Aubrey Cohen: Supply of houses for sale in Seattle remains tight
Prospective home buyers continue to have little selection in and around Seattle, the Northwest Multiple Listing Service reported Thursday.
“We just really are a fast growing city without enough inventory on the market,” said Alon Bassok, a research scientist at the Runstad Center for Real Estate Research at the University of Washington. “Limited inventory, in this case, means to me that we’re going to see prices go up even further.”
In addition to the lack of homes currently for sale, the rental market is also tight and construction of new homes isn’t keeping pace with demand, Bassok said. “So there’s pressure on all sides.”
In a listing service news release, George Moorhead, designated broker and owner at Bentley Properties, said: “The current inventory of homes available for sale has never been lower in my 22 years as a real estate broker.”
Prospective sellers are holding off because they can’t find another home or because they still owe more than their homes are worth, Moorhead said. Meanwhile, he added, new buyers are hitting the market, thanks to a new federal program for people with low down payments, an easing of lending guidelines and the expiration of waiting periods during which people whose homes were foreclosed on or who went through a short sale during the recession were not eligible for another mortgage.
Bassok agreed these factors are at play, but said they are secondary compared with the general influx into Seattle and lagging construction of new homes. He said people able to buy again after a foreclosure or short sale aren’t able to compete with new arrivals. As for homes still being worth less than the mortgage balance, he added, that could be the case in some outlying areas, but not in the core of Seattle, between Sodo to the south and 85th Street to the north.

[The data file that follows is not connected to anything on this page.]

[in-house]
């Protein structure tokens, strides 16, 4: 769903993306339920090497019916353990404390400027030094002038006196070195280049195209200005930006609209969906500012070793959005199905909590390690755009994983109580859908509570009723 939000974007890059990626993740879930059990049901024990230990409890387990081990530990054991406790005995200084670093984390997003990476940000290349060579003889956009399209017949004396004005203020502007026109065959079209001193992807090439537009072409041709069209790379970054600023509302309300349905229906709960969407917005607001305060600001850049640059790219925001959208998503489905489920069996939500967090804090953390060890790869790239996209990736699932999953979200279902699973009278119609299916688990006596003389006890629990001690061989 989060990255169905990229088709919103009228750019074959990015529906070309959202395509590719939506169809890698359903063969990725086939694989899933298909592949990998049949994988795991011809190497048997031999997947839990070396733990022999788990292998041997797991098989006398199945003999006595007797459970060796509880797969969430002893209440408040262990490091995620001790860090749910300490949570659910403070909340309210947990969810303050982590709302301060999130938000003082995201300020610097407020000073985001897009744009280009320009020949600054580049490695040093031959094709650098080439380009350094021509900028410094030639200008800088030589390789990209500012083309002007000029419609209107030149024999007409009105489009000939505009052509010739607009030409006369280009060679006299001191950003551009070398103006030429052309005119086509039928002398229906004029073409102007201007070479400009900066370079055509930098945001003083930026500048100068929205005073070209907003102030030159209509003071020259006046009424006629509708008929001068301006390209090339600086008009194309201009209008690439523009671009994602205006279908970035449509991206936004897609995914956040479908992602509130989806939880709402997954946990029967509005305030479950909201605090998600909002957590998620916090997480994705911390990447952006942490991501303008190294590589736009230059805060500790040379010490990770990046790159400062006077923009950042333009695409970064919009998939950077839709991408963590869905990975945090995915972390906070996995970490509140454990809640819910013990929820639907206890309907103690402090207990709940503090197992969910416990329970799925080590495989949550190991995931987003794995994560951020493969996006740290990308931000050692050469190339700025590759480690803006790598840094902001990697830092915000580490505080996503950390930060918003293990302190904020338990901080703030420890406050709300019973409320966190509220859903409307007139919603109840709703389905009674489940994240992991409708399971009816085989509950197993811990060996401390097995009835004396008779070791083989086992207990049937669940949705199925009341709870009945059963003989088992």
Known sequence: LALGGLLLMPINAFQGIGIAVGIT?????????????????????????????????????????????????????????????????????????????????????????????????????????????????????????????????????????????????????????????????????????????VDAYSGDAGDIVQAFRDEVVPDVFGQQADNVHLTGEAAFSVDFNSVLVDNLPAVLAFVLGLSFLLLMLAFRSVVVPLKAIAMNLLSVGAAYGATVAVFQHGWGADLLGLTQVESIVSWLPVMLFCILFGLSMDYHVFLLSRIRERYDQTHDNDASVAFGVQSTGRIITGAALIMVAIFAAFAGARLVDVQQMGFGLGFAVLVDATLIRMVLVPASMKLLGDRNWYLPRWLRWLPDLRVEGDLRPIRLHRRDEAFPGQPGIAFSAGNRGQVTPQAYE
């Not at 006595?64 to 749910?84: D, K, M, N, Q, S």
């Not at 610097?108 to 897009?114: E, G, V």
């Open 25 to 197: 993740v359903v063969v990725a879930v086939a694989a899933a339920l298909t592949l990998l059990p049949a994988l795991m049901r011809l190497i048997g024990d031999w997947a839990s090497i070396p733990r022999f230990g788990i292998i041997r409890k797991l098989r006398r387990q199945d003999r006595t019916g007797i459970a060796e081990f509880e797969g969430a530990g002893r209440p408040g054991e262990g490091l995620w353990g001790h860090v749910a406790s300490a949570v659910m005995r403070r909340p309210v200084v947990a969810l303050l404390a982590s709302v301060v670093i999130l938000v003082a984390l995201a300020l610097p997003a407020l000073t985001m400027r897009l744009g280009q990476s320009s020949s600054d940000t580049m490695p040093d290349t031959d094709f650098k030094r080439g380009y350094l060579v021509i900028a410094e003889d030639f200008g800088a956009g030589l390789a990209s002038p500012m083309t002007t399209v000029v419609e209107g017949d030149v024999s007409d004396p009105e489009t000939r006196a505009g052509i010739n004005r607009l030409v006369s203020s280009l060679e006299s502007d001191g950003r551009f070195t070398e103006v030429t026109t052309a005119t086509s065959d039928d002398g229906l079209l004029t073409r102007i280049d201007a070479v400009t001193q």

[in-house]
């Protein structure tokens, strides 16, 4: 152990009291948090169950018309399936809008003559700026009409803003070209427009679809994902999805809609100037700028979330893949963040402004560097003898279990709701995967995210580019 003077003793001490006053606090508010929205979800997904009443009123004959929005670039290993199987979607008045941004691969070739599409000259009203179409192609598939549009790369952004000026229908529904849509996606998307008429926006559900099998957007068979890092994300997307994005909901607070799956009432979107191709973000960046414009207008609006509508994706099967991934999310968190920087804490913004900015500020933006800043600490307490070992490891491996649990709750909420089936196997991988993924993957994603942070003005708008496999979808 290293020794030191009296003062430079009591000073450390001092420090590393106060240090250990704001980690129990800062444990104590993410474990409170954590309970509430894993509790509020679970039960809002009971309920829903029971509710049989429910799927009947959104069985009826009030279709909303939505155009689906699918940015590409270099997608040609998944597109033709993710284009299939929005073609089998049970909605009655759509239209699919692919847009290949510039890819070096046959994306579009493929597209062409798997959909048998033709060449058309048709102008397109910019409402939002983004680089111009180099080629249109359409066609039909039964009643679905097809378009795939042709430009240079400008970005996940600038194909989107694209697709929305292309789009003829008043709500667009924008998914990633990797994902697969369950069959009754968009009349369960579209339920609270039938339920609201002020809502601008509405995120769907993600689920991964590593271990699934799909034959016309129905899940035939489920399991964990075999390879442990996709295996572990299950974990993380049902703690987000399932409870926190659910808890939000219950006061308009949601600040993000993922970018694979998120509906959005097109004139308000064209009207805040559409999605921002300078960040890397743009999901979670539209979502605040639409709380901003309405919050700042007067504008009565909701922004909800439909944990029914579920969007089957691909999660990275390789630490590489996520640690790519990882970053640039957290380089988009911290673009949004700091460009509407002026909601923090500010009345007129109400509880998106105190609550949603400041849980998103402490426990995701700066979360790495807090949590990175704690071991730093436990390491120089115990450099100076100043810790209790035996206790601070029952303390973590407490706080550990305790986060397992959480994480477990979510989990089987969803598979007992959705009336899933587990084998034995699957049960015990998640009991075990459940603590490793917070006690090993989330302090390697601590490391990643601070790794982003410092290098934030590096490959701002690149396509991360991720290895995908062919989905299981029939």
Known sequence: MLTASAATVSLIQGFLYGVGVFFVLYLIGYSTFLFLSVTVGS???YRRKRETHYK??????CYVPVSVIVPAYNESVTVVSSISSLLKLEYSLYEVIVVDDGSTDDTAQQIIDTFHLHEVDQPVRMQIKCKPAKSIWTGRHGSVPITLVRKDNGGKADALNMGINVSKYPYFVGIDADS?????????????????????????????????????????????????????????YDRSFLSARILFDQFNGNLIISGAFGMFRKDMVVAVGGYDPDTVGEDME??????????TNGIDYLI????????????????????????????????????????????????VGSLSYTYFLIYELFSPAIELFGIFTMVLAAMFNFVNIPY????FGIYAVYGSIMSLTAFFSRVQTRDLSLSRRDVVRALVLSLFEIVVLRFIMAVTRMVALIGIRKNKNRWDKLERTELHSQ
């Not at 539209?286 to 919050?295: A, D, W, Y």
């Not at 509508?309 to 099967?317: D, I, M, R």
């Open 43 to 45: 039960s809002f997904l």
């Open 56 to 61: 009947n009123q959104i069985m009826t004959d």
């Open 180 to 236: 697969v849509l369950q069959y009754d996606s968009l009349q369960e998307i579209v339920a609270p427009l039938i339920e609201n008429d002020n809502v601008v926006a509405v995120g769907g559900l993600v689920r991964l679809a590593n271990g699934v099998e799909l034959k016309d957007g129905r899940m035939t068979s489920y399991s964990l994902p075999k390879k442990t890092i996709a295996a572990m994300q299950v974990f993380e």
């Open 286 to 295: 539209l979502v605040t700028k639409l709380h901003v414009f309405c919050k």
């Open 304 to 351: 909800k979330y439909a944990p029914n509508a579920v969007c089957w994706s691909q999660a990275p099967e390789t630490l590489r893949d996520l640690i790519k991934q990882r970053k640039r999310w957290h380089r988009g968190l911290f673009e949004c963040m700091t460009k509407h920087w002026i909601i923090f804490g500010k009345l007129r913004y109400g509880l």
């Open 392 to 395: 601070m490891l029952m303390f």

Hah! Gotta love a little academic smackdown. Calling out home salespeople on their nonsense.
Tacoma News Tribune / The Olympian
Home prices are up; the inventory of available properties is down; and now is the time to buy, if you’re looking to buy.
That was the message Wednesday as the Northwest Multiple Listing Service released the latest data concerning home and condominium sales activity and prices.
“The numbers are as good as we could hope for,” said Dick Beeson, a member of the service’s board of directors and the principal managing broker at Tacoma’s Re/Max Professionals.
His advice for people considering buying a home?
“You’re going to have to make decisions more quickly,” Beeson said. “You’re going to have to step up to the plate and do your homework. You won’t have the luxury of picking and choosing that you had last year.”
JUMP IN NOW! DON’T THINK! JUST DO IT NOW!
Puget Sound Business Journal
There are a lot fewer Seattle-area homes for sale right now than there were a year ago.
In King County, there are only about two months of home supply for sale; real-estate brokers say a healthy balance between supply and demand is a four- to six-month supply.
Brokers lamented the tight inventory situation.
The PSBJ article this month was very light. I’ve quoted almost half of it above.
(Sanjay Bhatt, Seattle Times, 02.05.2015)
(Aubrey Cohen, Seattle P-I, 02.05.2015)
(C.R. Roberts, Tacoma News Tribune, 02.05.2015)
(C.R. Roberts, The Olympian, 02.05.2015)
(Ben Miller, Puget Sound Business Journal, 02.06.2015)